Tampere University of Technology

TUTCRIS Research Portal

Markov Chain Monte Carlo Estimation of Stochastic Volatility Models with Finite and Infinite Activity Lévy Jumps: Evidence for Efficient Models and Algorithms

Research output: MonographDoctoral Thesis

Details

Original languageEnglish
PublisherTampere University of Technology
Number of pages107
ISBN (Electronic)978-952-15-3617-5
ISBN (Print)978-952-15-3597-0
StatePublished - 13 Nov 2015
Publication typeG4 Doctoral dissertation (monograph)

Publication series

NameTampere University of Technology. Publication
PublisherTampere University of Technology
Volume1331
ISSN (Print)1459-2045

Abstract

A financial model plays a key role in the valuation and risk management of financial derivatives, and it serves as an important tool for investors to measure the risk exposure of their portfolios and make predictions and decisions. However, the popular affine stochastic volatility models without jumps, such as the Heston model, have been questioned in the finance literature in terms of their appropriateness for modelling stock prices and pricing derivatives. Many alternative model specifications have been proposed in recent decades, including the specification of non-affine variance dynamics and the inclusion of Lévy jumps. However, the complexity introduced by further model specifications leads to poor probabilistic properties, and hence most popular estimation methods are not applicable. The Bayesian estimation method is among the few that work. In this thesis, I discuss the role of new model specifications and investigate the performance of Bayesian estimation methods. First, I use an extensive empirical data set to study how the use of infinite-activity Lévy jumps in stock returns and variance improves model performance. The stock returns and variance are driven by diffusions and different Lévy jumps, including the finite-activity compound Poisson jump and infinite-activity Variance Gamma and Normal Inverse Gaussian (NIG) jumps. Moreover, the non-affine linear variance process is compared to the affine square-root stochastic process. With the conventional Markov Chain Monte Carlo (MCMC) algorithms, including the Gibbs sampler and Metropolis-Hastings (MH) methods, and the Damien-Wakefield-Walker method to cope with complicated posteriors, eighteen different model specifications are estimated using the joint information of the S&P 500 index and the VIX index for 1996 – 2009. There is clear evidence that in terms of the goodness of fit and option pricing performance, a relatively parsimonious model with infinite-activity NIG jumps in returns and non-affine variance dynamics is particularly competitive. In the second part of the thesis, I examine the performance of advanced MCMC algorithms. The efficiency of the MH algorithm has been questioned because of its slow mixing speed, especially in the presence of high dimensions and a strong dependence between model parameters and state variables. Generally, a class of algorithms seeks to improve the MH by constructing more effective proposals, and another combines the MCMC with the Sequential Monte Carlo algorithms. To investigate, I first conduct simulation studies to compare the estimation performance of seven advanced Bayesian estimation methods against the MH. Specifically, I use the affine Heston model, the affine Bates model, and an affine model with NIG return jumps, and examine whether the different jump structures affect the estimation results. Second, I estimate the non-a ffine model with NIG return jumps using the joint information of the S&P 500 index and the VIX for 2002–2005 with selected algorithms that perform well in the simulation studies. The results of the simulation and empirical studies are mixed about the performance of the algorithms. The Fast Universal Self-tuned Sampler algorithms are particularly competitive in generating virtually independent samples and achieving the fastest mixing with a fixed number of MCMC runs, and their performance is stable regardless of the model specifications. However, they are computationally expensive. The computational costs of the Particle Markov Chain Monte Carlo (PMCMC) methods are much cheaper and also efficient in mixing, and they perform best when estimating the models without jumps/with NIG jumps in the simulation studies, as well as in the fit to the VIX in the empirical studies. However, the PMCMC methods are more vulnerable to model specifications than the other algorithms; in particular, the rare large compound Poisson jumps in the Bates model significantly reduce the acceptance rate and worsen the estimation performance of the PMCMC methods.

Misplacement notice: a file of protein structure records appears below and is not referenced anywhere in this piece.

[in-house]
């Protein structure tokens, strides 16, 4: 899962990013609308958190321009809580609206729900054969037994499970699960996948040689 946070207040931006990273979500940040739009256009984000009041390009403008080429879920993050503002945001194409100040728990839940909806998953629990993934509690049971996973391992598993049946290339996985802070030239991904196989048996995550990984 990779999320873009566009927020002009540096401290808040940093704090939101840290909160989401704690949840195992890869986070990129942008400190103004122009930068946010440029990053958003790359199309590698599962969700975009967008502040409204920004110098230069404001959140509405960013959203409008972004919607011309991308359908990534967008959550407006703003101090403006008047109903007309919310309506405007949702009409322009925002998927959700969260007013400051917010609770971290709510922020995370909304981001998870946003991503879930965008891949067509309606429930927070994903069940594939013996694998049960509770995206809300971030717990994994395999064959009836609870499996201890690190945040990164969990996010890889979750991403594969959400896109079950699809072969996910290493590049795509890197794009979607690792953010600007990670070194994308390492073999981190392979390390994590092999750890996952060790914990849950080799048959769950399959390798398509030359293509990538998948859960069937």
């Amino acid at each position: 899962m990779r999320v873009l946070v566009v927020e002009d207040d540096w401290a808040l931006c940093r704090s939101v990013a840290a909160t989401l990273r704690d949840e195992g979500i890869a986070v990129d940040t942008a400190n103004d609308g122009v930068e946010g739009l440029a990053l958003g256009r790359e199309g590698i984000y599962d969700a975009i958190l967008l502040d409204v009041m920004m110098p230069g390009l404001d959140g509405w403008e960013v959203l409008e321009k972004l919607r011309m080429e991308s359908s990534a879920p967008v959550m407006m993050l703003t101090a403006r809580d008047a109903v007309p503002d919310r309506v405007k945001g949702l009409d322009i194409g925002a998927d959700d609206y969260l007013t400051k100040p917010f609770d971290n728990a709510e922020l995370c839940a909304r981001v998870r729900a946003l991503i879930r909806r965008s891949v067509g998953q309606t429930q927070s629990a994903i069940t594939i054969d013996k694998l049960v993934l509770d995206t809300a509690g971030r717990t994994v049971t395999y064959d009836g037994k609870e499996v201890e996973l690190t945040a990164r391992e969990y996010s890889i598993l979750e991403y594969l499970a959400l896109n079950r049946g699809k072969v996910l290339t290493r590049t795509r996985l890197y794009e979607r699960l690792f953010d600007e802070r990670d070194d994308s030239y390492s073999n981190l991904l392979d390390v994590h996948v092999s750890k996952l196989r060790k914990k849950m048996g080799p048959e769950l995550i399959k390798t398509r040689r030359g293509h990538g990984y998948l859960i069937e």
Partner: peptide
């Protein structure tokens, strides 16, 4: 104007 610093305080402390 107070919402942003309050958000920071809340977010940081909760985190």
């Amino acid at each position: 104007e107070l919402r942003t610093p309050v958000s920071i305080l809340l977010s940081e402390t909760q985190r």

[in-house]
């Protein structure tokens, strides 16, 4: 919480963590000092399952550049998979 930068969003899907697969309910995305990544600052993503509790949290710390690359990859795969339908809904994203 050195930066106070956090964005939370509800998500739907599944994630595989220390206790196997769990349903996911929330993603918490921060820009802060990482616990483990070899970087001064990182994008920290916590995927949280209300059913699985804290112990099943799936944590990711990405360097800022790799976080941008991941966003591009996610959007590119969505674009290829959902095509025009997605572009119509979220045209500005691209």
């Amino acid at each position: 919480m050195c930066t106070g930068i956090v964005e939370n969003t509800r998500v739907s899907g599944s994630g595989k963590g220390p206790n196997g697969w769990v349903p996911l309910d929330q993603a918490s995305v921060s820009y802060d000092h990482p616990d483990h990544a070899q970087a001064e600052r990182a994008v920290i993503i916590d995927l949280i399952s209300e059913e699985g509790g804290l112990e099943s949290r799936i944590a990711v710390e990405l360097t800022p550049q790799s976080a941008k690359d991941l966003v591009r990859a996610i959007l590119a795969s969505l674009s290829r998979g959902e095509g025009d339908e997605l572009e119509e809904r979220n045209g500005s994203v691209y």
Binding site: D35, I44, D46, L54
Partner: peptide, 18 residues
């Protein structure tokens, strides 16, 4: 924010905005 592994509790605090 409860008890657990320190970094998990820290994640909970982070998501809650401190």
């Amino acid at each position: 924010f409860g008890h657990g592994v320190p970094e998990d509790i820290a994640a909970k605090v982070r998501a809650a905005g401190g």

Publication forum classification

Field of science, Statistics Finland

Field of science, Academy of Finland

TUT Thematic Areas

Downloads statistics

No data available